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Review: Death on the Nile (2022)

Death on the Nile (2022)

Directed by: Kenneth Branagh

Premise: A follow up to 2017’s Murder on the Orient Express and based on the novel by Agatha Christie. Detective Hercule Poirot (Kenneth Branagh) investigates the murder of a newly married heiress aboard a steamship on the Nile River.

What Works: Death on the Nile is an impressively unified movie. Nearly everything in it ties together and reinforces the film’s themes of lust and passion and jealousy. Death on the Nile is more stylistically produced than its predecessor and in places the movie is very sexy. Early twentieth century blues music figures into the picture and adds to the sensuality but also the heartache and sadness. The characters and their web of relationships reflect those ideas. Everyone on board the steamship has a relationship to the doomed heiress but not everyone appears to be after her money. The supporting characters are motivated by an array of personal, professional, and political jealousies that offer a wide range of motivations. Death on the Nile also delves into the backstory of Hercule Poirot and deepens his character. Poirot inherently comes across cartoonish but it’s revealed that his elaborate mustache conceals a facial disfigurement he suffered during World War I. The detective’s attention to detail is also given greater consideration. As played by Kenneth Branagh, Poirot has an obsessive-compulsive personality which makes him good at his job but unable to maintain social relationships. The movie is also funny, with much of the humor revolving around Poirot and his obsessions. It’s a humanizing sort of comedy that gives the film and its central character an empathetic quality.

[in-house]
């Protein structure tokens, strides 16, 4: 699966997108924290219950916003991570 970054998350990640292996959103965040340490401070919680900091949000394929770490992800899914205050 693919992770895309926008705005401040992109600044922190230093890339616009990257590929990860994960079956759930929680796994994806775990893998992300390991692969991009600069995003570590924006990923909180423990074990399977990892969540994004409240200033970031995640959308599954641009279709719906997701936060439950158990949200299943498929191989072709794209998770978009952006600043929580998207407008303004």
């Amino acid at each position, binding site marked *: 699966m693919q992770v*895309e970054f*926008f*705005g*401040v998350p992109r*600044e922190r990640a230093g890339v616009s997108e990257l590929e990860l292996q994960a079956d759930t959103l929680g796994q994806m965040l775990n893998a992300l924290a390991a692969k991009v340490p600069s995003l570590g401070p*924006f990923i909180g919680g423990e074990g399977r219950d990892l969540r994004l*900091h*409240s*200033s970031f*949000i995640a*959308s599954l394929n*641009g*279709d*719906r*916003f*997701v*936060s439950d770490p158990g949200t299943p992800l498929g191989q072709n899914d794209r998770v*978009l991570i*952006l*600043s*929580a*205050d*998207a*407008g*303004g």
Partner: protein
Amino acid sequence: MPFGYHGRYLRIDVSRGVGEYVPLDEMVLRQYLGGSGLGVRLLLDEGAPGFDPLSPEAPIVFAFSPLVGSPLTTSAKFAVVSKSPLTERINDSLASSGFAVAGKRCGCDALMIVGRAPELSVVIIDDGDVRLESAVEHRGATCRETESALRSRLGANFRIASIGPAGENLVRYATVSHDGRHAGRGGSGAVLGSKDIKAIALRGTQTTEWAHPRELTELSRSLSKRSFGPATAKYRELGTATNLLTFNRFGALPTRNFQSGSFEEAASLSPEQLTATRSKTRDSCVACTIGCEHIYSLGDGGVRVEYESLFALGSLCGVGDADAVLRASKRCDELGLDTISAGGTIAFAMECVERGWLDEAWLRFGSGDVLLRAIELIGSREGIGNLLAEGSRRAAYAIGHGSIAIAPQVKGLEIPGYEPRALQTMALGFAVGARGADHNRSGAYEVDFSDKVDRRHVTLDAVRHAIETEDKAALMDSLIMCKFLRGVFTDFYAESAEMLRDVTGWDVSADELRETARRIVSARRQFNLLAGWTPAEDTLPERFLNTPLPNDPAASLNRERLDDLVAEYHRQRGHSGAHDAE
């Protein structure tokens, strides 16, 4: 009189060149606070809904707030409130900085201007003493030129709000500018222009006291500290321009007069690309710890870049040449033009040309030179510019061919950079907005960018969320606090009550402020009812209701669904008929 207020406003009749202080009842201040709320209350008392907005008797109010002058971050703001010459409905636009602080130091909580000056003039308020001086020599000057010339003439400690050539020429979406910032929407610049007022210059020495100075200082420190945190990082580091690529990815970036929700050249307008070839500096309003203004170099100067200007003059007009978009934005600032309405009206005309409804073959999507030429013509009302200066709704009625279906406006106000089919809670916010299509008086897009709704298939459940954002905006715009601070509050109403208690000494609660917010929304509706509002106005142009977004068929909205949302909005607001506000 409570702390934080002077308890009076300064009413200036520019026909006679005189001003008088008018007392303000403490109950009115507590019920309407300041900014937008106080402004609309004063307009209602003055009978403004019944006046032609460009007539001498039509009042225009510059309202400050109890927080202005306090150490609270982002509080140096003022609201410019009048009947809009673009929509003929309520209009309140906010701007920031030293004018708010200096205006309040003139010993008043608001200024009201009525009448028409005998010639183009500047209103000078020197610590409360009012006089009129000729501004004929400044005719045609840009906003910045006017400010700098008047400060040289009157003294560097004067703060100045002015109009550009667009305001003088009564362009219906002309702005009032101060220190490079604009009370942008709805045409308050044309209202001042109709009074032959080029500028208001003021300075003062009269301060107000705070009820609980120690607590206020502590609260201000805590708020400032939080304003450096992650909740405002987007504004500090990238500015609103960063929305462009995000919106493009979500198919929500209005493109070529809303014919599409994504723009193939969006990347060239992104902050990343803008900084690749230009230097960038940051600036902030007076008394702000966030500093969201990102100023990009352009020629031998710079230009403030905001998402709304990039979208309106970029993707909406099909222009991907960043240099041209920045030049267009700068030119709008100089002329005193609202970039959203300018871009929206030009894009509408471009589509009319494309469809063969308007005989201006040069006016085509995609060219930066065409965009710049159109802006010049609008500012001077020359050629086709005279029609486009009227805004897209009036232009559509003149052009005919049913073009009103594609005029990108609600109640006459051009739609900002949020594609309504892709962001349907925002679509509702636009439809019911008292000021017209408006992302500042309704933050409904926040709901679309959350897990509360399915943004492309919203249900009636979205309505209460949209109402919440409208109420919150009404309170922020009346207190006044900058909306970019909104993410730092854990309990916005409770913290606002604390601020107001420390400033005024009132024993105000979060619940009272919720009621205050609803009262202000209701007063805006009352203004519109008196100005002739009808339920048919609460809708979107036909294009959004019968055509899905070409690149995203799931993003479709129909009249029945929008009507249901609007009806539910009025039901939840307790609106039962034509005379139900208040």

What Doesn’t: The weaknesses of Death on the Nile are mostly rooted in the source material. A lot of details don’t make sense. The plot revolves around wealthy couple Linnet and Simon who are stalked by Jacqueline, a scorned woman who has a history with the groom. Given their wealth, it’s unbelievable that Linnet and Simon could not evade Jacqueline and it’s inexplicable why the newlyweds would bring all of these people along on their honeymoon. When the truth of the mystery is revealed, Jacqueline’s presence becomes even more unnecessary. The murder plot is so poorly planned on the part of the killers that it’s hard to believe anyone thought they would get away with it. Death on the Nile also suffers from the lack of romantic chemistry between actors Armie Hammer and Gal Gadot as Simon and Linnet. The filmmakers want us to believe that Simon was so taken with Linnet that he dumped his former fiancé for her. Linnet is clearly aware that as a wealthy woman she is a potential target for con-artists but Linnet shows no skepticism of Simon and the absence of heat between Hammer and Gadot draws attention to that inconsistency.

Bottom Line: Death on the Nile is overall a better movie than its predecessor. The plotting isn’t as tight, especially in the ending, but the film is handsomely produced and many of the characters have a human vulnerability that eclipses the narrative shortcomings.

Episode: #892 (February 27, 2022)